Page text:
Michigan-based company will help secure U.S. supply of Mo-99 used in more than 40,000 medical procedures daily

Niowave radiochemists performing isotope extractions in a hot cell
Niowave radiochemists performing isotope extractions in a hot cell.
Niowave Inc.

WASHINGTON — The U.S. Department of Energy’s National Nuclear Security Administration (DOE/NNSA) issued a cooperative agreement worth $13 million to a Michigan company to support the commercial production of molybdenum-99 (Mo-99), a critical isotope used in more than 40,000 medical procedures in the United States each day, including the diagnosis of heart disease and cancer.

The agreement with Niowave Inc. of Lansing, Michigan, will help establish a reliable supply of Mo-99 without the need to use highly enriched uranium (HEU), which presents nuclear security and proliferation concerns.

“This cooperative agreement will enable Niowave to scale up their innovative Mo-99 production technology and bring it to market,” said Jill Hruby, DOE Under Secretary for Nuclear Security and NNSA Administrator. “Today’s award is another step towards establishing a diverse and resilient production base here in the United States for this important medical isotope.”

This is the fourth and final agreement to be issued under NNSA’s most recent Mo-99 Funding Opportunity Announcement (FOA). In the American Medical Isotopes Production Act of 2012, Congress directed NNSA to establish a program to support the development of commercial domestic production of Mo-99 without the use of HEU. NNSA implements this requirement through its Mo-99 Program, managed by the Office of Defense Nuclear Nonproliferation, which works globally to prevent state and non-state actors from developing nuclear weapons or acquiring weapons-usable nuclear or radiological materials, equipment, technology, and expertise. The Mo-99 Program has worked cooperatively with U.S. industry partners, securing agreements to share the cost of establishing domestic Mo-99 production without the use of HEU, and funding DOE’s National Laboratories in support of those efforts.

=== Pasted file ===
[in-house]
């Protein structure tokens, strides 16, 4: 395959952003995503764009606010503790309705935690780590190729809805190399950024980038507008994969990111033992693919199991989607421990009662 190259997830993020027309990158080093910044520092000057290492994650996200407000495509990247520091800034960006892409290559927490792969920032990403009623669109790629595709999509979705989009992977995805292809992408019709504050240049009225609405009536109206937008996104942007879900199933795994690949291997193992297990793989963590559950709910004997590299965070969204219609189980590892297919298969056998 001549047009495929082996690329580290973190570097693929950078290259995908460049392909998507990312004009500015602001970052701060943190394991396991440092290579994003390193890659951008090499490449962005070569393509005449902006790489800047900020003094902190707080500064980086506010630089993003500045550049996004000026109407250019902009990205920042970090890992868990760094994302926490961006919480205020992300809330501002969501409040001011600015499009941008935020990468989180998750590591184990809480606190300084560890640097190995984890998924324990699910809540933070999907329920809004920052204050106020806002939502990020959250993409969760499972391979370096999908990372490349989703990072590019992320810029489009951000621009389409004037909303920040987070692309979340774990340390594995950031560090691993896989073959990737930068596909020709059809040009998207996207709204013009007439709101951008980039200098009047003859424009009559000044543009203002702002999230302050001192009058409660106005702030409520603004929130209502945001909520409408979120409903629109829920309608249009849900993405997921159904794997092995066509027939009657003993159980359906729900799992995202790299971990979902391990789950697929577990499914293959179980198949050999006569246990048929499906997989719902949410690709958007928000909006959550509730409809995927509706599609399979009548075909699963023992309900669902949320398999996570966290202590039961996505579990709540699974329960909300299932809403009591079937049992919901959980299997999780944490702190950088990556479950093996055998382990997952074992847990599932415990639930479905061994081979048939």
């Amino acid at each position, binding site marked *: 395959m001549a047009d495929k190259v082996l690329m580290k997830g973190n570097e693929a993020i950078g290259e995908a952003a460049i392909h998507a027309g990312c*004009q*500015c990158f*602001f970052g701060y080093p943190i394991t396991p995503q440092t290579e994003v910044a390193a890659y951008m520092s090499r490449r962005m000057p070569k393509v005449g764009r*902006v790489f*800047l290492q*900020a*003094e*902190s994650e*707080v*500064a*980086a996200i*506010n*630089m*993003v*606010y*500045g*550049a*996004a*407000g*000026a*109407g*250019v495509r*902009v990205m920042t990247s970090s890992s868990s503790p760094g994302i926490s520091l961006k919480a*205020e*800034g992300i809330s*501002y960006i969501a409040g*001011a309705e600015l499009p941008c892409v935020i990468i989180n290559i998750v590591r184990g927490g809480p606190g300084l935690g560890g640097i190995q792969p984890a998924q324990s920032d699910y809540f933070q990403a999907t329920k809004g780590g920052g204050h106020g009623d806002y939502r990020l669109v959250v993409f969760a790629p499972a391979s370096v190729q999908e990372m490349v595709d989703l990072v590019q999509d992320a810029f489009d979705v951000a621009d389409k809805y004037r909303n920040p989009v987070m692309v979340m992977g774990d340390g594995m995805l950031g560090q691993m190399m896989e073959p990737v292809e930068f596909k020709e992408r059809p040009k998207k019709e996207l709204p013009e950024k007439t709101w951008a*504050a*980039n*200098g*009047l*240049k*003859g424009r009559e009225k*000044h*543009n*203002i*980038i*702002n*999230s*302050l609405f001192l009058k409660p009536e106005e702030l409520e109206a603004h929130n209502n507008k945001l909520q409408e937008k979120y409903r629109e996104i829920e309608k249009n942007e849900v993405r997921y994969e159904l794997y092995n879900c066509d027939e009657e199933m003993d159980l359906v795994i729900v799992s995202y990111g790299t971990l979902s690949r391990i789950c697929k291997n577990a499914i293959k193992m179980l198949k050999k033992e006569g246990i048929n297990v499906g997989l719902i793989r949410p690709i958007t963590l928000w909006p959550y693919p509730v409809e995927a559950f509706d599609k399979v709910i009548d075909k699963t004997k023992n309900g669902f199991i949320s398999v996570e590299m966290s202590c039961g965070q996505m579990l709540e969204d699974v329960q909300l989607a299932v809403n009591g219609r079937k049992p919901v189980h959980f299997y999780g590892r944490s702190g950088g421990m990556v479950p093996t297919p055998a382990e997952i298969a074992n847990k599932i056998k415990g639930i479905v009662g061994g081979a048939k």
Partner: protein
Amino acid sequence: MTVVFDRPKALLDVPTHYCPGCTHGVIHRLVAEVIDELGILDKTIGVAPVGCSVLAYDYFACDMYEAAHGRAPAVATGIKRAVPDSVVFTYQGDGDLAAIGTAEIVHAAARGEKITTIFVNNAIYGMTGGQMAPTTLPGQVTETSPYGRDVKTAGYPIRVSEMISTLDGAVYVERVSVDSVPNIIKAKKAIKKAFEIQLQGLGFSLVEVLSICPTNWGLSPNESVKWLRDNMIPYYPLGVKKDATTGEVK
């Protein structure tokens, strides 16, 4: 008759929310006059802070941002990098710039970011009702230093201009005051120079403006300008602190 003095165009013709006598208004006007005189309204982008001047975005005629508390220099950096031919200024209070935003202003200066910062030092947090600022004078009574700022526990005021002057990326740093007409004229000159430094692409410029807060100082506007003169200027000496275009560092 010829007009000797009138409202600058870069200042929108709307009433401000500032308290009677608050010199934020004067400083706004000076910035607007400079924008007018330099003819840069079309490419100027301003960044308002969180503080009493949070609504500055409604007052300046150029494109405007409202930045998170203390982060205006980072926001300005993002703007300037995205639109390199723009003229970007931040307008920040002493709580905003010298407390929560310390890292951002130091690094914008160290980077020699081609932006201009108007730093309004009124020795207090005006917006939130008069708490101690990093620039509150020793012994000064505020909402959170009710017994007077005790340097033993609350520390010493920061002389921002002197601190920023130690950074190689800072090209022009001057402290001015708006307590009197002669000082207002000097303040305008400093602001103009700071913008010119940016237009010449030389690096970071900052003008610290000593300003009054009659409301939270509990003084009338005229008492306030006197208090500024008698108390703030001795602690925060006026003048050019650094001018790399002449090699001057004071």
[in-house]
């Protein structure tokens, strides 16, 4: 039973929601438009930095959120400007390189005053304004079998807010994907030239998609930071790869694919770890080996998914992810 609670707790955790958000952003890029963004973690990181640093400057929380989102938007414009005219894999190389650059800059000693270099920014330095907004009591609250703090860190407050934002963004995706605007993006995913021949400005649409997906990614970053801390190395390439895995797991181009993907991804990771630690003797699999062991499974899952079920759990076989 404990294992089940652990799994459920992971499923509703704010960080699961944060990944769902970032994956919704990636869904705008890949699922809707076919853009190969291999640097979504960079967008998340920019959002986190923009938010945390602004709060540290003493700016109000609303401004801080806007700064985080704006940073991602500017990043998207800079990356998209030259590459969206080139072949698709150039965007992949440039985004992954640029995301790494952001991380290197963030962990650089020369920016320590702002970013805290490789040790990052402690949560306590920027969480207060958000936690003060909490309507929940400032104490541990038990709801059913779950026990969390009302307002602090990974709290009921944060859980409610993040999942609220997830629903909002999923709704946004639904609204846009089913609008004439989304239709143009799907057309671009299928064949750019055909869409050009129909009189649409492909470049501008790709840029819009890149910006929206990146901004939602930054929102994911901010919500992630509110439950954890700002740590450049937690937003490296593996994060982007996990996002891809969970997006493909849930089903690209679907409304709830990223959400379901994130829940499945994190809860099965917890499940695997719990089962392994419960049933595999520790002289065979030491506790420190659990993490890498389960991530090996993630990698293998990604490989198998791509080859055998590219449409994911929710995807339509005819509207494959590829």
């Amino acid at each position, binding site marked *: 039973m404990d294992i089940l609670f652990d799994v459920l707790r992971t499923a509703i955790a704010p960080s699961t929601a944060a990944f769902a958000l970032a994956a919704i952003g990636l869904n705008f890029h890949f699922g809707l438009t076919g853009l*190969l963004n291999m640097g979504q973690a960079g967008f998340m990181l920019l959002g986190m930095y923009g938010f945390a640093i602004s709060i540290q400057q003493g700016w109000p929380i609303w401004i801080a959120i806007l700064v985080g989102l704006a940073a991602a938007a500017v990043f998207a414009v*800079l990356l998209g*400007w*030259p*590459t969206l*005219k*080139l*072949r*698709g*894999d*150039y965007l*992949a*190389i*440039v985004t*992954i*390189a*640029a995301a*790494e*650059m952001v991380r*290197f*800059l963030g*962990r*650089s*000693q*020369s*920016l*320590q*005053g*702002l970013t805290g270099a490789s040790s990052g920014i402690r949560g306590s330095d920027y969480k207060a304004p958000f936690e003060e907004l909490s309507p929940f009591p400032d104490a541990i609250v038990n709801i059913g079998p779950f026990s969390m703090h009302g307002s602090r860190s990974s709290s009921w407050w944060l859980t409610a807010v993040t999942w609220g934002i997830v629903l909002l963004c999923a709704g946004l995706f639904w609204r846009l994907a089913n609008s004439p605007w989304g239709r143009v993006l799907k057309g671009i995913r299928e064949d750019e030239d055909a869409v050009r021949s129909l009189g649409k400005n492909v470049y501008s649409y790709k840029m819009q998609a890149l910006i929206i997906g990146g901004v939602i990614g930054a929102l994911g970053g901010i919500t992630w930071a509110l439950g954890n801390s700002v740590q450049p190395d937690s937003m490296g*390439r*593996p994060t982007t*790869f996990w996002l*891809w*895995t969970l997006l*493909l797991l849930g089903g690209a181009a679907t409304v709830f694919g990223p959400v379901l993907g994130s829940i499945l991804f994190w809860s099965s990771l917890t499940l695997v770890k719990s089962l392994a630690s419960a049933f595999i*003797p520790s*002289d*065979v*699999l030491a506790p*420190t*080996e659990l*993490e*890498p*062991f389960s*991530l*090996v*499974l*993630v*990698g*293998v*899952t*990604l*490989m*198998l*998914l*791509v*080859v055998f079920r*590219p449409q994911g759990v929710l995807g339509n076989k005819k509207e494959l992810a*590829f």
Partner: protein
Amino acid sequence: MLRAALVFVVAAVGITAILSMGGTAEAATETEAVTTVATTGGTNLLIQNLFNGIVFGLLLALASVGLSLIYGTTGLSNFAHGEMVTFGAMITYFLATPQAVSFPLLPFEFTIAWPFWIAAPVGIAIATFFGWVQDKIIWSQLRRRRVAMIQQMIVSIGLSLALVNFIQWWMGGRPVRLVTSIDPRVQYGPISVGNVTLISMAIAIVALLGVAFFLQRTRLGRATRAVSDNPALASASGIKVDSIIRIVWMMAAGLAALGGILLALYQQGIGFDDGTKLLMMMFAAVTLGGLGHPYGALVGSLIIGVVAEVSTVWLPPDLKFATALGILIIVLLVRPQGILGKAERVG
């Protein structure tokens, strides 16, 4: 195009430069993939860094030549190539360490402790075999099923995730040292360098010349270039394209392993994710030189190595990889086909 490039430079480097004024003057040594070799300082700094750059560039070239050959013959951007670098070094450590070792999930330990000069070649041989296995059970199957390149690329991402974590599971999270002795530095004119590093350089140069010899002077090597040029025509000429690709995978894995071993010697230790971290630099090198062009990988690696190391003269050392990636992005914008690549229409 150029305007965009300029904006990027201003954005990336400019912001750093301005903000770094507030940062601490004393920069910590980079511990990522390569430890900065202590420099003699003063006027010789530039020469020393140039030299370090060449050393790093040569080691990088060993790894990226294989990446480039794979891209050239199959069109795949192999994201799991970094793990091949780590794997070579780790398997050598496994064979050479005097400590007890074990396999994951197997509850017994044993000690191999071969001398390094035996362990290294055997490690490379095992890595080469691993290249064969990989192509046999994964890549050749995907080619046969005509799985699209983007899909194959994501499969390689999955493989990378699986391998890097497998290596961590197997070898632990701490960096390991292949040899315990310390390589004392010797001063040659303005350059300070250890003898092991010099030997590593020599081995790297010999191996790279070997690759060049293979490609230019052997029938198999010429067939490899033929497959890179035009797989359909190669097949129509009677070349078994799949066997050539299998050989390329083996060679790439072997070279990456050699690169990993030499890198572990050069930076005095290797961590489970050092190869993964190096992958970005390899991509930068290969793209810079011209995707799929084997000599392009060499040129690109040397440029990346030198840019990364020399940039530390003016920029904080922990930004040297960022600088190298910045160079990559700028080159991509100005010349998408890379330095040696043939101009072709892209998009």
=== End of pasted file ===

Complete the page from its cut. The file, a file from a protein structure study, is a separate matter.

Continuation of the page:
In July 2020, NNSA announced it would make funds available to industry to achieve commercial-scale production by the end of 2023. After conducting an independent merit review of the applicants, NNSA selected three companies in March 2021 to begin negotiations for the award of four cooperative agreements. NNSA issued two awards under this FOA on Aug. 27, 2021, and a third award on Oct. 18, 2021.

Click here for more information on NNSA efforts to establish a reliable supply of Mo‑99 without the use of HEU.